Social-Media Woes for School Districts

Posted by Molly DiBiancaOn December 16, 2011In: Public Sector, Social Media in the Workplace

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Teachers' use of social media continues to make headlines. NPR reported on a recent incident in New Jersey, involving Union High School teacher, Viki Knox. Knox was suspended in response to outrage surrounding comments she'd posted on her Facebook page.

It started with her post that the school's gay-history exhibit should be removed. She later urged her friends to pray and called homosexuality a "perverted sin," according to NPR. After parents complained about the comments, the school district began an investigation. Later, Knox's supporters and those demanding her resignation faced off in a protest at a school-board meeting.

As I've previously explained, a three-step test is used to determine whether a public employer, including school districts, may discipline an employee due to the employee's speech. First, the court will ask whether the employee was speaking as a citizen or as an employee. Here, that question could be answered either way. Assuming the exhibit was not related to Knox's job duties, it is reasonable to conclude that her Facebook comment was made in her capacity as a citizen, in which case the speech would be protected in the first stage of the analysis.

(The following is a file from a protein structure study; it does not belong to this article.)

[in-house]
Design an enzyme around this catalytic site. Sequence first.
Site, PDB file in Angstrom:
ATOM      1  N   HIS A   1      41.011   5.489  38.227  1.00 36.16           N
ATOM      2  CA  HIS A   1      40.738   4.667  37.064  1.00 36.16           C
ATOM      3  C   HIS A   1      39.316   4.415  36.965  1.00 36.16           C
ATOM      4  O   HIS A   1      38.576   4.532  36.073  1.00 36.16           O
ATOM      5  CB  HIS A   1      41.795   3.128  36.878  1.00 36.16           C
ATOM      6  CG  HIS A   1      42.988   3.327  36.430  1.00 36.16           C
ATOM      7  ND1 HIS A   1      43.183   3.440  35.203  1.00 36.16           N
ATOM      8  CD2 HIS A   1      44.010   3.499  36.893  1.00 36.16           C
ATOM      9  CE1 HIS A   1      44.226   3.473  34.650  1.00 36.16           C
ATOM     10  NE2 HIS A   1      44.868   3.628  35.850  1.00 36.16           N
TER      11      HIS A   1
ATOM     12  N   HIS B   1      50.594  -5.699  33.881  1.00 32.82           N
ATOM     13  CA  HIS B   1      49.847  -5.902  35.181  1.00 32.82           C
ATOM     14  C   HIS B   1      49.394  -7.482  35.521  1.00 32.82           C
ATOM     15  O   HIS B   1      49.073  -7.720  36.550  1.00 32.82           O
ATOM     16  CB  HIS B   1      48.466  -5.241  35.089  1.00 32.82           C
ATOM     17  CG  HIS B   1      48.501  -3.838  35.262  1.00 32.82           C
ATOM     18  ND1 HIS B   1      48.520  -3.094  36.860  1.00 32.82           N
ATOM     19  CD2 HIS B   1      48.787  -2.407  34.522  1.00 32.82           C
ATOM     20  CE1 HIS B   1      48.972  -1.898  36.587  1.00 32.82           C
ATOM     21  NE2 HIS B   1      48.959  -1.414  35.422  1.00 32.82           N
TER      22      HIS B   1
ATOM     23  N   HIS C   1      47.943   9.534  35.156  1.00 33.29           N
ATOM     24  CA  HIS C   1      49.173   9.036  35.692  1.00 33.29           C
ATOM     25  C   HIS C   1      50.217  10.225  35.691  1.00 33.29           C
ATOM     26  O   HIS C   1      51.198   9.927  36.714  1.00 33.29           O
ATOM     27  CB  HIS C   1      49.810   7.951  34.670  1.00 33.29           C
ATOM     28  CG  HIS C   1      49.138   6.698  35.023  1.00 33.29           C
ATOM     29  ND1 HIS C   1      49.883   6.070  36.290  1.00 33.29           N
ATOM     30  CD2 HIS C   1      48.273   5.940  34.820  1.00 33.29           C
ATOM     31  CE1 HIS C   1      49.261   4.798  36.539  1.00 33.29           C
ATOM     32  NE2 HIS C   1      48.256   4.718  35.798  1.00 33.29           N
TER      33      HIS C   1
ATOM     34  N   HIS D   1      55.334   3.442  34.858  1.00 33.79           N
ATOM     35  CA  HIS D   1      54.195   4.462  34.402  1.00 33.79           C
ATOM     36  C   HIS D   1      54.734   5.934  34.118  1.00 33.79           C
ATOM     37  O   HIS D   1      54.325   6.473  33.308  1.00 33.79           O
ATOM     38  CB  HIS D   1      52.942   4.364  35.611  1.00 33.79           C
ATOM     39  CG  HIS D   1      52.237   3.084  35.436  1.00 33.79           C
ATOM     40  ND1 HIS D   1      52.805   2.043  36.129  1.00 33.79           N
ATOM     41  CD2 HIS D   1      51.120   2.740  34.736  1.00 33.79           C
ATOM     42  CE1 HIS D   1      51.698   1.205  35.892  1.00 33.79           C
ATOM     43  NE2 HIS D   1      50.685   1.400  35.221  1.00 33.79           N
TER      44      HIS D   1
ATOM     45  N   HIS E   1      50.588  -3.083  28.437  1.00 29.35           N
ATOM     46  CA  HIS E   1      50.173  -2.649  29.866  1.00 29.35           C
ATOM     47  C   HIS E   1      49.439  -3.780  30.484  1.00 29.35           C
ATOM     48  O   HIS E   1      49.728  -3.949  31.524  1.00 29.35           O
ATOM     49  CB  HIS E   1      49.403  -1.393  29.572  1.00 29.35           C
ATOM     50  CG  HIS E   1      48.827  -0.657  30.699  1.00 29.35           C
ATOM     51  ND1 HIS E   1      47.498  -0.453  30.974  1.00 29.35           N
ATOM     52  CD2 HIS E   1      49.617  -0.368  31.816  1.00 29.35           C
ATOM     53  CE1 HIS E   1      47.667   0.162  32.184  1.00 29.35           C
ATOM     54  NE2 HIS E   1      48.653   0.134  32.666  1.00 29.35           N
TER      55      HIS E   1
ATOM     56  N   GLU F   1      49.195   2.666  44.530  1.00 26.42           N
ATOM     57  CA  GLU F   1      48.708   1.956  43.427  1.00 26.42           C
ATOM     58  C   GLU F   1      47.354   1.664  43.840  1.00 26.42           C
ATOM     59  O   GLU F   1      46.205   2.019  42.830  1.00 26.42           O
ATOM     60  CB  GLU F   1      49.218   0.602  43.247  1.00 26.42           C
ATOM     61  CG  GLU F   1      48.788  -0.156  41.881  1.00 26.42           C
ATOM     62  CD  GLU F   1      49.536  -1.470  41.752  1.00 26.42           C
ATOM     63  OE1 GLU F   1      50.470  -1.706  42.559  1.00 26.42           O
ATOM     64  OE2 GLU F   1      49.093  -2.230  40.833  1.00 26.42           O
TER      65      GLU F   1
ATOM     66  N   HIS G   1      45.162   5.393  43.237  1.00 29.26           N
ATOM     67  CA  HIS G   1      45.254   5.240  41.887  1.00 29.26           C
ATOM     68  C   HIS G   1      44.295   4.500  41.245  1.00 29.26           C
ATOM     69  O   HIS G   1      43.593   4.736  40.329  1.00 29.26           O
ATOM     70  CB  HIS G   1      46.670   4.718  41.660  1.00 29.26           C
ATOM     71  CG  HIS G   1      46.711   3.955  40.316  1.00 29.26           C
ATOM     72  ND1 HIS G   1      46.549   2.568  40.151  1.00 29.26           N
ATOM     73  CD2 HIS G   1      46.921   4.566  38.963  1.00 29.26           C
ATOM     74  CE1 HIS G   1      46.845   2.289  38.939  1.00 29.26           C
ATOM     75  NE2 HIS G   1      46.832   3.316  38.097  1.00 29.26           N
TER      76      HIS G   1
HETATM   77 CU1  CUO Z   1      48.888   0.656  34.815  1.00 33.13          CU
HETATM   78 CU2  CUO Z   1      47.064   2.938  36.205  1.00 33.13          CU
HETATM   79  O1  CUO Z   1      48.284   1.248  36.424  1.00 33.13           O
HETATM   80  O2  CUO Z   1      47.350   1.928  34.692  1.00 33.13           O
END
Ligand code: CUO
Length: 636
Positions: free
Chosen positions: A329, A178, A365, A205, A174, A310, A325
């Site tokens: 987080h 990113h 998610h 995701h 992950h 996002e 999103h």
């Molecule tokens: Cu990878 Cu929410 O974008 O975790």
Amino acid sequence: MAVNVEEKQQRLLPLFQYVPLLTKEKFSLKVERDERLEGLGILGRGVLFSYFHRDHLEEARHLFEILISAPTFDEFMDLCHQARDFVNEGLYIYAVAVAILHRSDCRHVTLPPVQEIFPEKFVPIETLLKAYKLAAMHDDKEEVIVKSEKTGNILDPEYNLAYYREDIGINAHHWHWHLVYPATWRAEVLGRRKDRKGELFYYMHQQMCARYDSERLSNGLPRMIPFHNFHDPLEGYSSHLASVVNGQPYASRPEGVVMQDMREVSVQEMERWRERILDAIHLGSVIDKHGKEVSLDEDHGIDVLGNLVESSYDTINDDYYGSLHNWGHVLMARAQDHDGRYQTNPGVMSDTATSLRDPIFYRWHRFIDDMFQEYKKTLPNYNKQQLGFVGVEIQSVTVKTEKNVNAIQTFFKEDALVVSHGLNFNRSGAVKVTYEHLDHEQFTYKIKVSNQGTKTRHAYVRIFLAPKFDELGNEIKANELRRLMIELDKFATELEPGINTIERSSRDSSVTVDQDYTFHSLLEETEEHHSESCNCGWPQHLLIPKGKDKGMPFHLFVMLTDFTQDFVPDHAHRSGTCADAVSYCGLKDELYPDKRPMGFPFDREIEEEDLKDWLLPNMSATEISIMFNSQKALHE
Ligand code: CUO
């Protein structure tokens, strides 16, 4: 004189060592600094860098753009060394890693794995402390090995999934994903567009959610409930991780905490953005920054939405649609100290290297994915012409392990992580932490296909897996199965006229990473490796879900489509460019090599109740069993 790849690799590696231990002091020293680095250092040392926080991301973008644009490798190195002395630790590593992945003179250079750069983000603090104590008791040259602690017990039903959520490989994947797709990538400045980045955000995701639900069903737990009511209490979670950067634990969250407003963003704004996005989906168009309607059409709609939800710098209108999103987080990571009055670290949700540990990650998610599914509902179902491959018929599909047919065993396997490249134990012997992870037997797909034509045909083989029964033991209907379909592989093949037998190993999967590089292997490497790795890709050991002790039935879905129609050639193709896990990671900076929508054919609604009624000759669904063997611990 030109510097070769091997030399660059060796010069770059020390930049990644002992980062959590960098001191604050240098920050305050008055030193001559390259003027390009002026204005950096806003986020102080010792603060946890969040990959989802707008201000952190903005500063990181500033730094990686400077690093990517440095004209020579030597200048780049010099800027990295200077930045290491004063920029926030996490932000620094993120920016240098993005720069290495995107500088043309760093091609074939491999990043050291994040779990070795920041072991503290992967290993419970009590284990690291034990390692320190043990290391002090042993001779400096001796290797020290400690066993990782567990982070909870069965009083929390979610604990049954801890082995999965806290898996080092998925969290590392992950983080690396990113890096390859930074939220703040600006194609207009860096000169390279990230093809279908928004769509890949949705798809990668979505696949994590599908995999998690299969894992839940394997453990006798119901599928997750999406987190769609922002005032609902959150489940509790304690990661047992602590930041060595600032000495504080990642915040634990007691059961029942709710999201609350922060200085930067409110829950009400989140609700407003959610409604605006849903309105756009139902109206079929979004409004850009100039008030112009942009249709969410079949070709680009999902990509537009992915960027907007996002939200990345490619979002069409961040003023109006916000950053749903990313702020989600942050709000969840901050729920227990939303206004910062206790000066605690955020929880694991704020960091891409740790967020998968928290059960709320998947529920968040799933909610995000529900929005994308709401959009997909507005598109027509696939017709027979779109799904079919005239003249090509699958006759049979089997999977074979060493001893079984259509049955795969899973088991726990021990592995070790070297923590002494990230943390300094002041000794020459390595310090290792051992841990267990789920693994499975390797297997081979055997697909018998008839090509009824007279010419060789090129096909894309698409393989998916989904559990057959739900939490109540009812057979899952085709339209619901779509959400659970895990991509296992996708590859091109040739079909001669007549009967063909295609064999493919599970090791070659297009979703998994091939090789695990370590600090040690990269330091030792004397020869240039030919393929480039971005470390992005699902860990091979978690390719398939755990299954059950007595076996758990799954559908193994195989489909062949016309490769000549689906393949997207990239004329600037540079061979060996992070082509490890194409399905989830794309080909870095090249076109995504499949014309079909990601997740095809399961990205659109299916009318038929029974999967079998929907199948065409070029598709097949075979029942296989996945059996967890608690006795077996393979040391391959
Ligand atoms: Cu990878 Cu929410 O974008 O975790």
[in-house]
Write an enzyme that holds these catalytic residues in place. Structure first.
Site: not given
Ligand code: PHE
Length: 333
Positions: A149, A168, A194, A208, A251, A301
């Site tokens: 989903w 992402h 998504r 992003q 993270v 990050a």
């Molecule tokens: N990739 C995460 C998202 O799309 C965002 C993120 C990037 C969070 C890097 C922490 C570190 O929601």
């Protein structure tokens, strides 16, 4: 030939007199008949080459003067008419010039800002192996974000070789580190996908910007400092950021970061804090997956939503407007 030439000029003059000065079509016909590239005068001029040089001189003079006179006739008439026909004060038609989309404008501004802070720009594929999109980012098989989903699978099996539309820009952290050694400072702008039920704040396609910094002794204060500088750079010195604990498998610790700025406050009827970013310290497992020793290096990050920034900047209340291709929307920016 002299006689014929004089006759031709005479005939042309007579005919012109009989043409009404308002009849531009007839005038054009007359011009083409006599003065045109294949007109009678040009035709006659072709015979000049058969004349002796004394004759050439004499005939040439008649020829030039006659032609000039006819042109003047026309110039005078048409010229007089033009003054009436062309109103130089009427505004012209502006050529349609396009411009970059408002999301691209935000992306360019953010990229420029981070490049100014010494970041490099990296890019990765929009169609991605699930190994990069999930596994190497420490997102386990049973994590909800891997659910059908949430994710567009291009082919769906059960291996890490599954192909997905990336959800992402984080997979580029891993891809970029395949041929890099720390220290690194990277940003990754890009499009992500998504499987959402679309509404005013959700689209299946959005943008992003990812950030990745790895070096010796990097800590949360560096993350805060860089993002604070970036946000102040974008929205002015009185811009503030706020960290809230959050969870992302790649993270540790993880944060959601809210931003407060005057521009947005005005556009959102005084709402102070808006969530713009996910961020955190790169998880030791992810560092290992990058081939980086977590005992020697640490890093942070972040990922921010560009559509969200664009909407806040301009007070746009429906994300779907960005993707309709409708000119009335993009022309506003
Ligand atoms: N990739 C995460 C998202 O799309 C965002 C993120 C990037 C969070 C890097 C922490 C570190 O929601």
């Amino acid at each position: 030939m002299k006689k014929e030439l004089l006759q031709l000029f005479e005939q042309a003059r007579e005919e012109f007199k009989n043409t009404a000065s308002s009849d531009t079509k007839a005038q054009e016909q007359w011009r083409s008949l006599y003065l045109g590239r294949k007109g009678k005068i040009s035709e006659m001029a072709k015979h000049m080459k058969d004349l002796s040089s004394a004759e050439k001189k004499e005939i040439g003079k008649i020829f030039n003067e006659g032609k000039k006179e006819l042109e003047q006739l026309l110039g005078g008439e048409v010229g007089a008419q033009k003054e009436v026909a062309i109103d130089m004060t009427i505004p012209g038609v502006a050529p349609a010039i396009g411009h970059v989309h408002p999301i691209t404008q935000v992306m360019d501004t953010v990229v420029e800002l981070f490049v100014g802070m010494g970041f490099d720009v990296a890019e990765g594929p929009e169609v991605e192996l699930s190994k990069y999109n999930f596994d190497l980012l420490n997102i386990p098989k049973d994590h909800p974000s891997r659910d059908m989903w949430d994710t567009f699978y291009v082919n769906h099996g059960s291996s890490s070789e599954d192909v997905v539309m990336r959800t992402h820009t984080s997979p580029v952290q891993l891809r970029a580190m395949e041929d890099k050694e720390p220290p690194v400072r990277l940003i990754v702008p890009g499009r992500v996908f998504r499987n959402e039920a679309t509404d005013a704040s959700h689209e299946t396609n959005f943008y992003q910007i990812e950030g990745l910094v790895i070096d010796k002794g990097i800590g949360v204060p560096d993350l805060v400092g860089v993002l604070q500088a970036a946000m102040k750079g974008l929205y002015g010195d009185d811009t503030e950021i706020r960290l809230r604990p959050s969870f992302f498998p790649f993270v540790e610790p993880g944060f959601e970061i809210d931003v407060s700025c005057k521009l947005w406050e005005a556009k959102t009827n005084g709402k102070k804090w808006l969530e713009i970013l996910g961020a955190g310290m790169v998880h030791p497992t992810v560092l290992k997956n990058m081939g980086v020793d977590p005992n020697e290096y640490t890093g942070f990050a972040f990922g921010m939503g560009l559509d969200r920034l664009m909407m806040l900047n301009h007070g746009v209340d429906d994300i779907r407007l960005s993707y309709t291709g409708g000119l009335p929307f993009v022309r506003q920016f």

In the second stage, the court asks whether the speech was on a matter of public concern. Let's again assume that Knox's comment meets the test. If that's the case, the court turns to the final stage of its analysis and asks whether the employer's interest in maintaing an efficient and effective workplace outweighs the employee's interest in free speech.

Here's where Knox's claim would likely fail. The school district would be able to show both actual disruption and the potential for disruption. The protests and complaints received by parents shows that the employee's speech was disruptive to the district's operations.

The school district also would be able to show that there was a potential disruption in the form of loss of trust and respect by parents and students. To the extent that Knox's comments about the "sinful" nature of homosexuality contradicts the district's stated values of tolerance and diversity and that contradiction potentially could result in the inability of Knox to effectively connect with students and parents, the district would be able to discipline her for her speech without violating the free speech protections of the First Amendment.

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